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Waymo displayed it four generations of vehicles, i.e., the Firefly (introduced in 2014), the Chrysler Voyager (deployed without safety operators in Phoenix), the Jaguar iPace (used in the San Francisco fleet) and the next-gen, a purpose-designed 5-seater engineered by Geely’s Zeekr for the Alphabet subsidiary (see above). The vehicle does not have a steering wheel and its metro-style sliding doors are designed for maximum accessibility. No launch date has been announced. 



Emerging e-Motorcycle Players

Last year, I reported on the products presented by US-base e-motorcycle startup Damon Motorcycles. Two other such companies had booths in West Hall this year presenting great-looking electric bikes with lots of software-enabled features. 


Finland-based Verge Motorcycles and China-based Da Vinci Motor presented high performance bikes. Their motors generate up to 150 kW and 100 kW, 850 to 1000 Nm at the wheel and 0-100 km/h, resulting in acceleration in the 3-4 second range. Whereas Da Vinci uses a hub motor, Verge designed an innovative drivetrain. The motor is integrated in the rear rim and there is no rear wheel hub (see below).

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Both companies offer advanced software-enabled features akin what we observe with the shift from ICE to EV in the automotive space. Da Vinci even announced a self-balancing feature coming soon, thanks to a segment-first electric power steering. There is clearly growing competition to market leaders Zero Motorcycles and Energica in the e-motorcycle space — which I follow with great interest since I am the happy owner of a Zero myself.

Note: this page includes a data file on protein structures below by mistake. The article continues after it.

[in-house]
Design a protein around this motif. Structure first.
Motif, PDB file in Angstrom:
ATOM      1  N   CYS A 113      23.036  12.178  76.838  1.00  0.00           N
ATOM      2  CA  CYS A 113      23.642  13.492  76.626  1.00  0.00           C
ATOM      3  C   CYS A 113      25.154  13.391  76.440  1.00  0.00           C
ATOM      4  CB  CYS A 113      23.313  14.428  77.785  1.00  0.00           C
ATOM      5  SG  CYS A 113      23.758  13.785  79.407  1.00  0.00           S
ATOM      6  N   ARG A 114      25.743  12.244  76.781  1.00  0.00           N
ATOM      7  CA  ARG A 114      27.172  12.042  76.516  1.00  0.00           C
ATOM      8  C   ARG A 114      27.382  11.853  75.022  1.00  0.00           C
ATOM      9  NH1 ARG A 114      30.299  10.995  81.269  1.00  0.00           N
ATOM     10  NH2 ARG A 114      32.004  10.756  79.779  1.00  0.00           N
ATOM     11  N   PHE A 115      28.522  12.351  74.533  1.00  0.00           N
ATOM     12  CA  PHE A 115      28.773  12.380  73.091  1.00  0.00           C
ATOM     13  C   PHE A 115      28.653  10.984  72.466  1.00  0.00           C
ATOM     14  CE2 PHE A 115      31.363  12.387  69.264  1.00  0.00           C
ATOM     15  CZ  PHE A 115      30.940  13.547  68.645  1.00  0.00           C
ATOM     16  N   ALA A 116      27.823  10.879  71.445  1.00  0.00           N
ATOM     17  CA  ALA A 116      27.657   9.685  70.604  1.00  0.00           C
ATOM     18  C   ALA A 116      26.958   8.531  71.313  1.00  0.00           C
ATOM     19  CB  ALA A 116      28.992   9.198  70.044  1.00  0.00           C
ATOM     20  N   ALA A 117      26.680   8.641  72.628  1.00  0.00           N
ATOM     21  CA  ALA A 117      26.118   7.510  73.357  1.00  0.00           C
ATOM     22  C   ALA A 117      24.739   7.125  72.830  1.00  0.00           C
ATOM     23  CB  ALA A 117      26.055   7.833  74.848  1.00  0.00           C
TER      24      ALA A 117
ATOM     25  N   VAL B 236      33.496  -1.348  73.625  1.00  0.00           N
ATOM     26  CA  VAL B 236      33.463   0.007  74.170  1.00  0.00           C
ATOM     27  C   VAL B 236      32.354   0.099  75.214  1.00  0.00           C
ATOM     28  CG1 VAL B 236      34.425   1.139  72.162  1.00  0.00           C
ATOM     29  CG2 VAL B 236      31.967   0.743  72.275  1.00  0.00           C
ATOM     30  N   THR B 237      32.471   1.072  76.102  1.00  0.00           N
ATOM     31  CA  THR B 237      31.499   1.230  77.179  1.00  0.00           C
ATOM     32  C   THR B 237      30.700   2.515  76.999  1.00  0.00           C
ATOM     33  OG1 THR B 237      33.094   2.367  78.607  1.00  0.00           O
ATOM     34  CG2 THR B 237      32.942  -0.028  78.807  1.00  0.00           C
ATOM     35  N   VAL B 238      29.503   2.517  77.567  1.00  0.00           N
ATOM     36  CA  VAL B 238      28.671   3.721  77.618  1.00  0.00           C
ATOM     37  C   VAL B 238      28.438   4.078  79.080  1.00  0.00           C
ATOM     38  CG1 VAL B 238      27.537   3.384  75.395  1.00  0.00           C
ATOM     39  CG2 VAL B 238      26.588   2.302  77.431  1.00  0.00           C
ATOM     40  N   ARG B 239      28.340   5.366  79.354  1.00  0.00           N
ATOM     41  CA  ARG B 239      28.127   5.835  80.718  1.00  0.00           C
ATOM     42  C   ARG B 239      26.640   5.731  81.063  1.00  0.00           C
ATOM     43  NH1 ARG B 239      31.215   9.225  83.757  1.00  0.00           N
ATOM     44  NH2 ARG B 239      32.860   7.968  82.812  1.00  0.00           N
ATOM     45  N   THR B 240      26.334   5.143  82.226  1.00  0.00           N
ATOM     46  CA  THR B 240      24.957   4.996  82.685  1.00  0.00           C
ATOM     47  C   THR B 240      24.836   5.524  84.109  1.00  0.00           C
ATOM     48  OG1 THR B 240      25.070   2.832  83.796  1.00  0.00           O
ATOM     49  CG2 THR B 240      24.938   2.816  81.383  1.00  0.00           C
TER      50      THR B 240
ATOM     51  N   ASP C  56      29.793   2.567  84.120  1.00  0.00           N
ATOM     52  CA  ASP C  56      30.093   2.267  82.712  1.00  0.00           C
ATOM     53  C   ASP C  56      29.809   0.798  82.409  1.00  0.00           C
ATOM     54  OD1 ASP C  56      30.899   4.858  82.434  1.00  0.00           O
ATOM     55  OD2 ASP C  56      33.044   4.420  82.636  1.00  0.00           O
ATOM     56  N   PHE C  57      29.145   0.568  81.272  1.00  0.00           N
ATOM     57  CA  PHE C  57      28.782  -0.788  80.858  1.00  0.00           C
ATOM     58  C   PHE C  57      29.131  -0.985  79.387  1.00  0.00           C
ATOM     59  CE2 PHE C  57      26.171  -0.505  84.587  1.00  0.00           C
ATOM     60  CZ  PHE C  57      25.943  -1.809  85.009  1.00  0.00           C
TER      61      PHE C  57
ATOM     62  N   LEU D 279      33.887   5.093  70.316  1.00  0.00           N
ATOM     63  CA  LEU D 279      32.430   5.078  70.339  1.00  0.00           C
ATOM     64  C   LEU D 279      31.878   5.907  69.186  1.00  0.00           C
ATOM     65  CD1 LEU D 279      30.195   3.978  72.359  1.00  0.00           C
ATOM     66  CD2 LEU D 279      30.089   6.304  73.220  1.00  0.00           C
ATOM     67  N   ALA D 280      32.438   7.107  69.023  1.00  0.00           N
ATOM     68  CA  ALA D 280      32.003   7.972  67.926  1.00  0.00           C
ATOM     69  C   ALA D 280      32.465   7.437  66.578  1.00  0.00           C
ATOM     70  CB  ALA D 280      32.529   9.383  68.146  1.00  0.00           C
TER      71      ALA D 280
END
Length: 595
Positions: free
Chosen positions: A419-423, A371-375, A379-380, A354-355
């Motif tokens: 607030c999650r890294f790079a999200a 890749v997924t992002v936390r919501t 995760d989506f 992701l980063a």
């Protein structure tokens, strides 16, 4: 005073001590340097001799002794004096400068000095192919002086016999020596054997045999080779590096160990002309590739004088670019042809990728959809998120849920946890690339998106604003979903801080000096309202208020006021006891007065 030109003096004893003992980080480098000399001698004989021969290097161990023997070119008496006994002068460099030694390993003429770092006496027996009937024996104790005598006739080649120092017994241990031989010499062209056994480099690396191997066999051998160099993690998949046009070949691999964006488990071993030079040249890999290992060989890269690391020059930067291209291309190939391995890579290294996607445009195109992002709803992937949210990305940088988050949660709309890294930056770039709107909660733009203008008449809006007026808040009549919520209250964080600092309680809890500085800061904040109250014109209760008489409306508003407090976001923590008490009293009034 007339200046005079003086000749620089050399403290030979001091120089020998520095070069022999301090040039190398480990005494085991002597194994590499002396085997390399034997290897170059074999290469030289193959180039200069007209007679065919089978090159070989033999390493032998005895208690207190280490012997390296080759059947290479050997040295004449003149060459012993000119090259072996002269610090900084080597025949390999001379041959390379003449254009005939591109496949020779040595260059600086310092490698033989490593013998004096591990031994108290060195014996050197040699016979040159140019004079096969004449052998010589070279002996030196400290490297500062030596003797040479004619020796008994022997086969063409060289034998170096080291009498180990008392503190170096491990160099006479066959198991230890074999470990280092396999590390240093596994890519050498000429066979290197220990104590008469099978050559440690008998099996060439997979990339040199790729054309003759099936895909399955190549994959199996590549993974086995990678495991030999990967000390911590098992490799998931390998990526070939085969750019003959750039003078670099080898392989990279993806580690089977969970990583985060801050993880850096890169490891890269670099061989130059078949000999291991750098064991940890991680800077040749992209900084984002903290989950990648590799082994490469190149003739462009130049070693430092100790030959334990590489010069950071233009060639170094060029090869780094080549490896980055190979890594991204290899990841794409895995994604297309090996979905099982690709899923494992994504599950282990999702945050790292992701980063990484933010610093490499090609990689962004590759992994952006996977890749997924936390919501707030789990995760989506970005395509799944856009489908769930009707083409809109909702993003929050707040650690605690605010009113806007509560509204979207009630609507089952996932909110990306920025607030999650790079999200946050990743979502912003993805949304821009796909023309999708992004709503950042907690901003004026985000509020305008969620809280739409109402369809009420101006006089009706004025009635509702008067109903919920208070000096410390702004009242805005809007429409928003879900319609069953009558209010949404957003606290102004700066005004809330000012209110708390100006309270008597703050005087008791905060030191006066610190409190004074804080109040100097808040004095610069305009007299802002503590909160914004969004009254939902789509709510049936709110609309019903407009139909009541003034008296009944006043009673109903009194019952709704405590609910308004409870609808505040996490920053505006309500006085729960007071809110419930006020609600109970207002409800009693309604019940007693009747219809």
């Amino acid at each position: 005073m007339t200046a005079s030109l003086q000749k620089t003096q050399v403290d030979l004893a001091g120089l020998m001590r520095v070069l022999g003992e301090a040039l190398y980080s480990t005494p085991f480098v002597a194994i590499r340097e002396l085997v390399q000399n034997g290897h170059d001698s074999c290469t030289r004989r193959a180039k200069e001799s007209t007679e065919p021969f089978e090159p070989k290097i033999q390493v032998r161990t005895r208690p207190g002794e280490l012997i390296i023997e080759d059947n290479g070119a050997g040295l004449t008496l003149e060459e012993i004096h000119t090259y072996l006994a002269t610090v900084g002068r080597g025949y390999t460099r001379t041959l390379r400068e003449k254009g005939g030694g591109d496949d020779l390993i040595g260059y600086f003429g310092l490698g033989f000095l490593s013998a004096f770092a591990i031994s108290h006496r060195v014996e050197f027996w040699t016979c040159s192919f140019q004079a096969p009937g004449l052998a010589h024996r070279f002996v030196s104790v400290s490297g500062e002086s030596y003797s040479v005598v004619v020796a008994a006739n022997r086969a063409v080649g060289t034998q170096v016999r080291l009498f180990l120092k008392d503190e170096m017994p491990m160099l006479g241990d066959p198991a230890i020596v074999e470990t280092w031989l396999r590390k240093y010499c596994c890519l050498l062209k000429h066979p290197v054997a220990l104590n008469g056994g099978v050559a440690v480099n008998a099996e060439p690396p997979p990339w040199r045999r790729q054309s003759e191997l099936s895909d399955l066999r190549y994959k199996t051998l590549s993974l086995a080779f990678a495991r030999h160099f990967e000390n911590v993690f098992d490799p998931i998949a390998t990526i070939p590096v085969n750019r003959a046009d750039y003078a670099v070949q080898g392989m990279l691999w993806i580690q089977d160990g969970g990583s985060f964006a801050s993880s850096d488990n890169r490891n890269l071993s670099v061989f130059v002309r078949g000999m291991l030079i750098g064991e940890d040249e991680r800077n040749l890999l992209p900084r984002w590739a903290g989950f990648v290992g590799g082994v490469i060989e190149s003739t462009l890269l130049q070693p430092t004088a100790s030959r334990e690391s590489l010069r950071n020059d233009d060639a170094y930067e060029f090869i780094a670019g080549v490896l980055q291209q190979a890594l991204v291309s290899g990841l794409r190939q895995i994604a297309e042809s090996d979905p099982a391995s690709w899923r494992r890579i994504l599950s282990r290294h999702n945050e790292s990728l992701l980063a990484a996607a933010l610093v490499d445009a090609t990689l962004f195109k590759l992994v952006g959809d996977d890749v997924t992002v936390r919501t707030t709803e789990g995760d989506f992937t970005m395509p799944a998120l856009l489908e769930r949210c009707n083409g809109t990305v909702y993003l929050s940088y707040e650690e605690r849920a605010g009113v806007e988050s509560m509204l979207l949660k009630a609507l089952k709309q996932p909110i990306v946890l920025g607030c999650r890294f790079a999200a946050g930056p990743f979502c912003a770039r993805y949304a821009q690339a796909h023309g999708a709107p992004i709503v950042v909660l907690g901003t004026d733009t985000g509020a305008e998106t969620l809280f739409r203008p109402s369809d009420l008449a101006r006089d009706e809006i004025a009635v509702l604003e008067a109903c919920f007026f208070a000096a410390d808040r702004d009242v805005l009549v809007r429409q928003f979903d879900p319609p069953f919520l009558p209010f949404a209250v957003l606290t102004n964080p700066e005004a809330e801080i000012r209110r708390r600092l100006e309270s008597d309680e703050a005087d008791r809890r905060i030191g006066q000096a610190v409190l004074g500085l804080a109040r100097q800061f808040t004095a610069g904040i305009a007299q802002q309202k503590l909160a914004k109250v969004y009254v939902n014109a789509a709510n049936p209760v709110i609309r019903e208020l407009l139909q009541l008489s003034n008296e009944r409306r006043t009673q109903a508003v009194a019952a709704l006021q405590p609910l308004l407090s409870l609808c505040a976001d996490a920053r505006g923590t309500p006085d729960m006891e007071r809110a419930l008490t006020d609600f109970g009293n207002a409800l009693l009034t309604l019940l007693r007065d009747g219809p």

Tier 1 Suppliers

Legacy suppliers were well-represented again this year. Participants included Bosch, Continental, Hyundai Mobis, Magna, Mando, Marelli, Plastic Omnium (first participation), Toyota Boshoku, Valeo, Yazaki and ZF. All displayed their latest tech with a clear focus on electrification, the software-defined vehicle (or software-defined functions more generally), exterior and interior lighting, innovative cockpits, displays, new electronic architectures or sensing modalities of all sorts. The interest in full autonomy (Level 4) seems to have receded as the focus is on promoting Level 2 and Level 3 ADAS solutions which can generate cash now.